"Shop talk," such as profanity or the use of salty language, is not automatically grounds for insubordination. Here again there are many factors involved. How much shop talk goes on, on a regular basis? Do managers use shop talk? Do managers and workers use shop talk when talking to each other? Even though there may be shop talk as part of the regular day-to-day life of the workplace, a worker may be charged with insubordination if he/she uses an excessive amount towards a supervisor after having been asked to do something.
In another example of class bias in dealing with insubordination, arbitrators look at whether or not the supposed insubordination takes place in front of other workers. Because they believe that the management person is the "master," they tend to rule more harshly against workers if the "master" is ridiculed or disobeyed in front of other "servants." In some cases arbitrators have ruled against workers when they bragged to other workers about what they called the boss in private.
Stewards and Insubordination
In relation to insubordination, Stewards have a special status. The NLRB has ruled that "when stewards are engaged in representational activities they are considered equals with management." This means that when Stewards are dealing with management as a Steward (not as an individual), they can engage in robust disagreement with a boss. Stewards have a right to vigorously pursue an argument with management.
However, Stewards should take note of the General Motors NLRB ruling issued in July 2020. This new ruling “recognizes employers’ right to maintain order and respect.” It further says, “It is reasonable for employers to expect employees to engage all such [concerted activities] with a modicum of civility.” Until this ruling is overturned, Stewards should be cautious about using salty language in meetings with management.
What about Ella and Sally?
The situation with Ella is a classic case of a boss harassing a worker, but Ella needs to be careful since she was given a direct order and told what will happen to her if she refuses. On the other hand Ella has a right to argue her case and the boss clearly jumped the gun by threatening her right away.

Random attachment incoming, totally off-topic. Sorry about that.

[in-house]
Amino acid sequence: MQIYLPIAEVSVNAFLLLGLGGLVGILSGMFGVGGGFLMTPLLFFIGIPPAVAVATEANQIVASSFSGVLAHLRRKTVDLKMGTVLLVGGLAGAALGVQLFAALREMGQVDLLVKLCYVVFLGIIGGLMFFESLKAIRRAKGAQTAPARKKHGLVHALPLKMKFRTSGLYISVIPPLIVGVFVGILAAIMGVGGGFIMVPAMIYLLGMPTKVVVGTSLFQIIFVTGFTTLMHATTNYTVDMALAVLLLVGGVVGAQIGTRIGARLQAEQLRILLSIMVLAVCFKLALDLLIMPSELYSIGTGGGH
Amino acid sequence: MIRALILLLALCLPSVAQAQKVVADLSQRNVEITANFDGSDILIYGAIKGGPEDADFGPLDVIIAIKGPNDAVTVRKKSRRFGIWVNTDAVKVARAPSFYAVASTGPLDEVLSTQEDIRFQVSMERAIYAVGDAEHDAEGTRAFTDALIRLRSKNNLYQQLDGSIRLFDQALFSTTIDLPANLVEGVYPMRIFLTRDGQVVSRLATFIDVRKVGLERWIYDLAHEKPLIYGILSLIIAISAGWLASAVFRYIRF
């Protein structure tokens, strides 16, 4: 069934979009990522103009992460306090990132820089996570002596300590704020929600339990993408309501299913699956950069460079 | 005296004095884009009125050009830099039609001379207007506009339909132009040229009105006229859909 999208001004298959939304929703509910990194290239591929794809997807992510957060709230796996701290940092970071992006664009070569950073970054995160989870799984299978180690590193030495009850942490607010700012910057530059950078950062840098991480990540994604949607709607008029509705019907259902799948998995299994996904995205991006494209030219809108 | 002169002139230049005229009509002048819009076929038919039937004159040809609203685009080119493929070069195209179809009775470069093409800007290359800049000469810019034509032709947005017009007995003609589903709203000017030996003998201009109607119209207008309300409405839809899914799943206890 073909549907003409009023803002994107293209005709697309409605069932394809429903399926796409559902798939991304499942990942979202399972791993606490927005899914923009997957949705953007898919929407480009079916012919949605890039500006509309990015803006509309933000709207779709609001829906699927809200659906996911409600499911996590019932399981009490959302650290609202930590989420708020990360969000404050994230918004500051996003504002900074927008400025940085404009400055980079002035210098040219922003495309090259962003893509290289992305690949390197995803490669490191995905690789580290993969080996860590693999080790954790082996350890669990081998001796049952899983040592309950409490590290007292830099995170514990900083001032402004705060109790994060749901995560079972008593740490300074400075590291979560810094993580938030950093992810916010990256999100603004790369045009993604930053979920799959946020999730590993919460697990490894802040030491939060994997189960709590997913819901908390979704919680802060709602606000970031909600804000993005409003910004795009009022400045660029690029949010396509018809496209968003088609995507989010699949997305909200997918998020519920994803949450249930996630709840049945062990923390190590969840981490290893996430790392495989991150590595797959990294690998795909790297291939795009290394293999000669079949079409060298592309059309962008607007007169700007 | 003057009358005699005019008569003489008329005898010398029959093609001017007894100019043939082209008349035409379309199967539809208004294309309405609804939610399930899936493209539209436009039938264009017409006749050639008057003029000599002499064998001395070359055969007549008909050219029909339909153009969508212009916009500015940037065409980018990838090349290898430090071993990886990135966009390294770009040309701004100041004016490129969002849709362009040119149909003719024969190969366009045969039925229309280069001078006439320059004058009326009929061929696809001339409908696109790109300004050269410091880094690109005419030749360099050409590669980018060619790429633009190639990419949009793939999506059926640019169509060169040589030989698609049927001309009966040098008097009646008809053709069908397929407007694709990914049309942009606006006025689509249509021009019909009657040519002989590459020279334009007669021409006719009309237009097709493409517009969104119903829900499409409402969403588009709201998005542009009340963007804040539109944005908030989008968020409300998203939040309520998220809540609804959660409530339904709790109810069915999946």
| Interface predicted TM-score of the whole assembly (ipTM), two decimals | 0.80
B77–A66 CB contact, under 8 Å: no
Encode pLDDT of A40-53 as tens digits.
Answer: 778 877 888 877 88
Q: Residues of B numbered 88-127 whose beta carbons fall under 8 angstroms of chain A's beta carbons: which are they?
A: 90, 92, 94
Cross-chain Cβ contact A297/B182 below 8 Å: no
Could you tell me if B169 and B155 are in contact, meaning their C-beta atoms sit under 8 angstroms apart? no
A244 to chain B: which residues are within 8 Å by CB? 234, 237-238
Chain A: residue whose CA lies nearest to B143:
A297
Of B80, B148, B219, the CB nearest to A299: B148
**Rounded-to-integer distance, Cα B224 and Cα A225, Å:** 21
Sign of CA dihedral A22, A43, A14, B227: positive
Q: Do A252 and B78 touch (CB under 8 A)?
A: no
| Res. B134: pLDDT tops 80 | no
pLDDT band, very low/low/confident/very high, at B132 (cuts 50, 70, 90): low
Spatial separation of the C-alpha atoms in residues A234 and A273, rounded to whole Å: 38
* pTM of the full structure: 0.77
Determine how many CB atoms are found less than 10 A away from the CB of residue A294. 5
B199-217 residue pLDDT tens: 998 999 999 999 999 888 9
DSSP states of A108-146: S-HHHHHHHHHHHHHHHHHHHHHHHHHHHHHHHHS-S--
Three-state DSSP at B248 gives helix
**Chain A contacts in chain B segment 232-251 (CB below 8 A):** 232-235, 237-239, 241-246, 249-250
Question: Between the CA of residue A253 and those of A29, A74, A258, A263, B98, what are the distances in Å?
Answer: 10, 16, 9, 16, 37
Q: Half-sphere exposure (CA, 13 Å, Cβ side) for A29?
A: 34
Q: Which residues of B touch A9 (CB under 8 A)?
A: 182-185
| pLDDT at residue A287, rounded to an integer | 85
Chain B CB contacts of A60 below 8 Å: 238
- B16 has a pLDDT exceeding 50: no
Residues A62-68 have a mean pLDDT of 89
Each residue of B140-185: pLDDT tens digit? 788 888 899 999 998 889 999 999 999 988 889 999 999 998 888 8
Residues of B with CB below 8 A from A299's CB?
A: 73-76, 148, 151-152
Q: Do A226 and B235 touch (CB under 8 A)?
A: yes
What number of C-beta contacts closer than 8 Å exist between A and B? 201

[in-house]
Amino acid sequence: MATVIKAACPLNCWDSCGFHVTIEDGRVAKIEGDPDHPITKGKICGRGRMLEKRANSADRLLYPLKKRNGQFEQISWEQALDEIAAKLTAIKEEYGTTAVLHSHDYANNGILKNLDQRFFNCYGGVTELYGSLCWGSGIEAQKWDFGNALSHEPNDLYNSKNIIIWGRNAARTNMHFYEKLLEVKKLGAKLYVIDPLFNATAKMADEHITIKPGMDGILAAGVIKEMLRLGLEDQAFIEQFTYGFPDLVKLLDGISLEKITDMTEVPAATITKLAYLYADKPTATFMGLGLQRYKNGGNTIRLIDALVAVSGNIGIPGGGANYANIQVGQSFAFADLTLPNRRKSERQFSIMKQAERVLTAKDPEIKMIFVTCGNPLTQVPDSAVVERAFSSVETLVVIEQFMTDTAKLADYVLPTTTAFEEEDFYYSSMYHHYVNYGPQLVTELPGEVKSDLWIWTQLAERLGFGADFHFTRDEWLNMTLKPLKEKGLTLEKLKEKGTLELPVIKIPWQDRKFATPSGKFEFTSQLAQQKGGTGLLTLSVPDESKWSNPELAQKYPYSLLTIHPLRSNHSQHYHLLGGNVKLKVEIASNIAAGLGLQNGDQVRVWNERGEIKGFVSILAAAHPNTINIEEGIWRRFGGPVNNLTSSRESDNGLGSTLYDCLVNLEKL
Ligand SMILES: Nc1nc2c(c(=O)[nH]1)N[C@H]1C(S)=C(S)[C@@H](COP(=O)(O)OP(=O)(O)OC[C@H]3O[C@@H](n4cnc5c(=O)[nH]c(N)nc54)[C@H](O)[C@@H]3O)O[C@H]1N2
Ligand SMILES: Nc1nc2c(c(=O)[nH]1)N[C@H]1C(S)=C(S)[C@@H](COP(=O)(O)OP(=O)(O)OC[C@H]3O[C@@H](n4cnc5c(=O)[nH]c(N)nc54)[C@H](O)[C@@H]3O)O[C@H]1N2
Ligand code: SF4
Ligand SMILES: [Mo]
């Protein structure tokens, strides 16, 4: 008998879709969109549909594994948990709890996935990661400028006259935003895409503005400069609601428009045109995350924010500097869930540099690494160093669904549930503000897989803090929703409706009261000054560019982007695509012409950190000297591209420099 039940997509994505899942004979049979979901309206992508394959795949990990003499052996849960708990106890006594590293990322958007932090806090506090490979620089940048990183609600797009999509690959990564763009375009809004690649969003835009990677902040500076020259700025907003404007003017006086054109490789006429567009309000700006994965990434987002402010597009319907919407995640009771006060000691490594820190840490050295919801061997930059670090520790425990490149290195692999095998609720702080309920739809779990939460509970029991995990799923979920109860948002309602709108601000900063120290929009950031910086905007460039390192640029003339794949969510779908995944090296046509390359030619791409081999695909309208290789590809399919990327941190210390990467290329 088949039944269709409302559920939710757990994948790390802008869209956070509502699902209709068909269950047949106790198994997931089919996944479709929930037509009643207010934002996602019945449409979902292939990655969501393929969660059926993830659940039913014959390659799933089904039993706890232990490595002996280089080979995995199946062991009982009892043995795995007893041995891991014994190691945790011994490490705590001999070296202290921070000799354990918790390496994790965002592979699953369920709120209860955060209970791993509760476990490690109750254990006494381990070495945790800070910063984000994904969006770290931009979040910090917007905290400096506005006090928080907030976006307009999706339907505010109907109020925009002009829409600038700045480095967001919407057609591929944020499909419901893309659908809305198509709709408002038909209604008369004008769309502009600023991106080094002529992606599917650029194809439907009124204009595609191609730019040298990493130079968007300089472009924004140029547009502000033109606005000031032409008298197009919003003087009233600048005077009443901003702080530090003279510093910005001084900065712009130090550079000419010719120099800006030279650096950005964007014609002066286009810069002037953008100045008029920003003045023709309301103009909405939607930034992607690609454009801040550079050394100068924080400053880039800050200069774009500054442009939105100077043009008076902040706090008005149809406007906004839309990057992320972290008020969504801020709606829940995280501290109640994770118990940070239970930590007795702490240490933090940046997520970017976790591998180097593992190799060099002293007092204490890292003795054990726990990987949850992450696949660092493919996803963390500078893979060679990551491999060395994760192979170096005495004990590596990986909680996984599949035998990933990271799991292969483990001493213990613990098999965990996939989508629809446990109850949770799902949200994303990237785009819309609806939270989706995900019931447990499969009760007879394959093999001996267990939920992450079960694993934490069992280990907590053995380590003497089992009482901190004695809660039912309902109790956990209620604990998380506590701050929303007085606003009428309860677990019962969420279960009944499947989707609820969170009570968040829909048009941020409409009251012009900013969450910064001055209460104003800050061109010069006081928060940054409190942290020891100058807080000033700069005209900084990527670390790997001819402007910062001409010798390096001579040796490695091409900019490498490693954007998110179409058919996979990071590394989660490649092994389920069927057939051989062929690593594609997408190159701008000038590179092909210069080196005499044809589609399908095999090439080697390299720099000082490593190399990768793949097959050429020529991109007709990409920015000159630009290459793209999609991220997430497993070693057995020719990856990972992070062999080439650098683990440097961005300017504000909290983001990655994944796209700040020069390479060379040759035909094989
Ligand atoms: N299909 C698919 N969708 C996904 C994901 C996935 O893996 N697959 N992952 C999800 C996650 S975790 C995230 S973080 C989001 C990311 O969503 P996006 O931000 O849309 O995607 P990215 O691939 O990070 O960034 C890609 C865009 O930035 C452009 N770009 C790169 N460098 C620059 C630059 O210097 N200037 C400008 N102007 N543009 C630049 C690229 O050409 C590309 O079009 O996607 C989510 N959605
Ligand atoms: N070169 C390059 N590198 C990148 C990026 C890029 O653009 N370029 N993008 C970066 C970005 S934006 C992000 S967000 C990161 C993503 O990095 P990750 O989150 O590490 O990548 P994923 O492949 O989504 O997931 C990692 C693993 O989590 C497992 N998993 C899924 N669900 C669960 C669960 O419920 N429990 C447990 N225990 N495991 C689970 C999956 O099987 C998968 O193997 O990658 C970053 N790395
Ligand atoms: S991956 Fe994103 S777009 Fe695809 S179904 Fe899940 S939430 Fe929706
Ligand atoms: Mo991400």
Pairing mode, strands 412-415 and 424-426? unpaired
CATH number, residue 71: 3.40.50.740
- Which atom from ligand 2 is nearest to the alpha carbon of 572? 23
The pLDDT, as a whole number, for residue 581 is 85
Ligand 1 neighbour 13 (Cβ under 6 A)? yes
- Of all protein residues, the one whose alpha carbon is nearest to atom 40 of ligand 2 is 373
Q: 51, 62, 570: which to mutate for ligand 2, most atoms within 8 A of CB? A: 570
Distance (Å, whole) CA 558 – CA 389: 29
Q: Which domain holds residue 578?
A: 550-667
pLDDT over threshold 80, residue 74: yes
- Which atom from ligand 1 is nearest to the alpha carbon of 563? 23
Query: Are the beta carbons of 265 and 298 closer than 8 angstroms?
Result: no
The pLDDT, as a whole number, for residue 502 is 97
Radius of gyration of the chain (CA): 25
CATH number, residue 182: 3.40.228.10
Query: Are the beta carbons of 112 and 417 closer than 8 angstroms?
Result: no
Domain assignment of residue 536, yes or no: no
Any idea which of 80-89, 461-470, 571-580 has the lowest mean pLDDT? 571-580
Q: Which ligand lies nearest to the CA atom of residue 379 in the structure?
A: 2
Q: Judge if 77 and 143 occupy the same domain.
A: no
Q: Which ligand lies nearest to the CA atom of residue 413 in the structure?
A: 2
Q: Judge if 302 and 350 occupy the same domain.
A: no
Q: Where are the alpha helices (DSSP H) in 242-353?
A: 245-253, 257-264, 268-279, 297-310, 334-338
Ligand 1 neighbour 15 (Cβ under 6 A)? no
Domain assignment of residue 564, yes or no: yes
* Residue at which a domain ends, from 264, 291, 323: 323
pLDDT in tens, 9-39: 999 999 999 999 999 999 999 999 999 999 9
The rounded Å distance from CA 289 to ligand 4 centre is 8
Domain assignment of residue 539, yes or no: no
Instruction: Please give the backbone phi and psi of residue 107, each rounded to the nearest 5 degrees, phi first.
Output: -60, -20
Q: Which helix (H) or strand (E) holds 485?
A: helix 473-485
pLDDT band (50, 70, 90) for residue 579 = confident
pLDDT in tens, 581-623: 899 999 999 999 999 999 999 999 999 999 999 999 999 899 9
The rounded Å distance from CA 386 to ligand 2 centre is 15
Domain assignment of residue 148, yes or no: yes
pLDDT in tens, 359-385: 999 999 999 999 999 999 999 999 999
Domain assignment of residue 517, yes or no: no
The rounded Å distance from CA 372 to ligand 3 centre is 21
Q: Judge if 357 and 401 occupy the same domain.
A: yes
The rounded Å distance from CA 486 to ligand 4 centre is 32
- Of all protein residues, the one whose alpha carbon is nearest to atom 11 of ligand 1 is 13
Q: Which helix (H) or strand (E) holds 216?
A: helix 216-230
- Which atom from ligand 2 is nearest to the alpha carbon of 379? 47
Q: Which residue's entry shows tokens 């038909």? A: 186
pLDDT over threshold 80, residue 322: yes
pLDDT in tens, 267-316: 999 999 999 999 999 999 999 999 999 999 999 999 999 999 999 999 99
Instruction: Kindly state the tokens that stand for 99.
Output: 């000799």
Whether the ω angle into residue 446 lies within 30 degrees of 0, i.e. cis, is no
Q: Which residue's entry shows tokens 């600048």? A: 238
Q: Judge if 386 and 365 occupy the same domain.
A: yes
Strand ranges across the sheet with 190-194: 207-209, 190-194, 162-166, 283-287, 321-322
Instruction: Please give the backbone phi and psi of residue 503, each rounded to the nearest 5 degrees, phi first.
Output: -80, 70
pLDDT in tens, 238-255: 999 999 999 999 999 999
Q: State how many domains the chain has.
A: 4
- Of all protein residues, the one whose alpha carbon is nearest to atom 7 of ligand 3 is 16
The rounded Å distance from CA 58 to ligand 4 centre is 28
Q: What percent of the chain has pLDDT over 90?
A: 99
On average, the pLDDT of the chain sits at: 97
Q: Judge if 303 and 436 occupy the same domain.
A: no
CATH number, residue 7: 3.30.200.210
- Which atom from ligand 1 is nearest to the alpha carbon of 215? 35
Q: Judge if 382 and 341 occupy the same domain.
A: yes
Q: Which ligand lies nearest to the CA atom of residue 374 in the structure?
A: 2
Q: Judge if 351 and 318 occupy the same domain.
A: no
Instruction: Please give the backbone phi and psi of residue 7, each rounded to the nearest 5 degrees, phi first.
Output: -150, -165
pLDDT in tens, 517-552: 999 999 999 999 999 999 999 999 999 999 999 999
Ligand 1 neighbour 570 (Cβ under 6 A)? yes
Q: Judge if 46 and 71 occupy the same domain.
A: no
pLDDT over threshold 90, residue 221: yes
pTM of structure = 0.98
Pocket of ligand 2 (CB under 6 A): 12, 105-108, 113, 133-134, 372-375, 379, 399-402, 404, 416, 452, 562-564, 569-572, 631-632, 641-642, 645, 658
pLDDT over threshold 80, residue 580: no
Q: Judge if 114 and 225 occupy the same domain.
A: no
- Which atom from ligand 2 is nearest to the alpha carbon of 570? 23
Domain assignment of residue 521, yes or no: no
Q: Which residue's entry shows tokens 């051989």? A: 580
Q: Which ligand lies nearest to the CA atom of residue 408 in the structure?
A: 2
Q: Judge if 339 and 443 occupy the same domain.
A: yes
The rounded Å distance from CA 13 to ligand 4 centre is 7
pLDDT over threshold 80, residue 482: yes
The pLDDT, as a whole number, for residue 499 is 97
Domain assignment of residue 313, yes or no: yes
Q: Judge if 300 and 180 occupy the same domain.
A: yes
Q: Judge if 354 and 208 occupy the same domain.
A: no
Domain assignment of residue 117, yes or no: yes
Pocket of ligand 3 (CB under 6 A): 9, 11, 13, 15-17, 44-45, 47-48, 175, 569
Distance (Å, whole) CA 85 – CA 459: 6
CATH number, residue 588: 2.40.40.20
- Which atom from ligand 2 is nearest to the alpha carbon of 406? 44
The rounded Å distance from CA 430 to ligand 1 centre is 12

Sally is in her right to stay in the boss's office and continue arguing the case. She is in a grievance situation and therefore Benito cannot just dismiss her and refuse to discuss the situation. His threatening of her is also a violation of the NLRA, because a Steward cannot be threatened for doing her duty to represent workers. It is probably also a violation of the contract which says there will be no discrimination against the Union.
The Savvy Steward: “Obey Now — Grieve Later”
Here is another blatantly class-biased ruling that the National Labor Relations Board (NLRB) issued almost immediately after the passage of the National Labor Relations Act in 1936. There is nothing in the law nor in the debate in Congress that states that management is superior to labor and that management orders take preference over labor agreements. Nevertheless, that is what this rule, that we are all too familiar with, states.
Workers are expected to obey management, even if what management clearly wants to do is illegal under the contract, and then afterwards the workers can file a grievance.
How did this come about? The members of the NLRB looked to past legal precedent, rather than what the new law actually said, when they made this ruling. In their minds the master-servant relationship between bosses and workers was clearly established in this country.
The notion of insubordination calls us to look back at the horrendous specter of slavery and oppression. Here is what the Virginia law "An Act Concerning Servants and Slaves" said in 1705:
...all servants shall faithfully and obediently, all the whole time of their service, do all their masters or owners just and lawful commands. And if any servant shall resist the master, or mistress, or overseer, or offer violence to any of them, the said servant shall, for every such offence, be adjudged to serve his or her said master or owner, one whole year after the time, by indenture, custom, or former order of court, shall be expired.
The law provided this type of punishment, along with whipping, for servants who were poor English or Irish workers. African slaves who disobeyed their masters could be murdered and the masters were, by this law, absolved of all charges.
It was this type of "law" that helped establish how bosses are allowed to treat workers today. However, a strong steward system enforcing a good union contract is the way workers can win some measure of fair treatment in the workplace.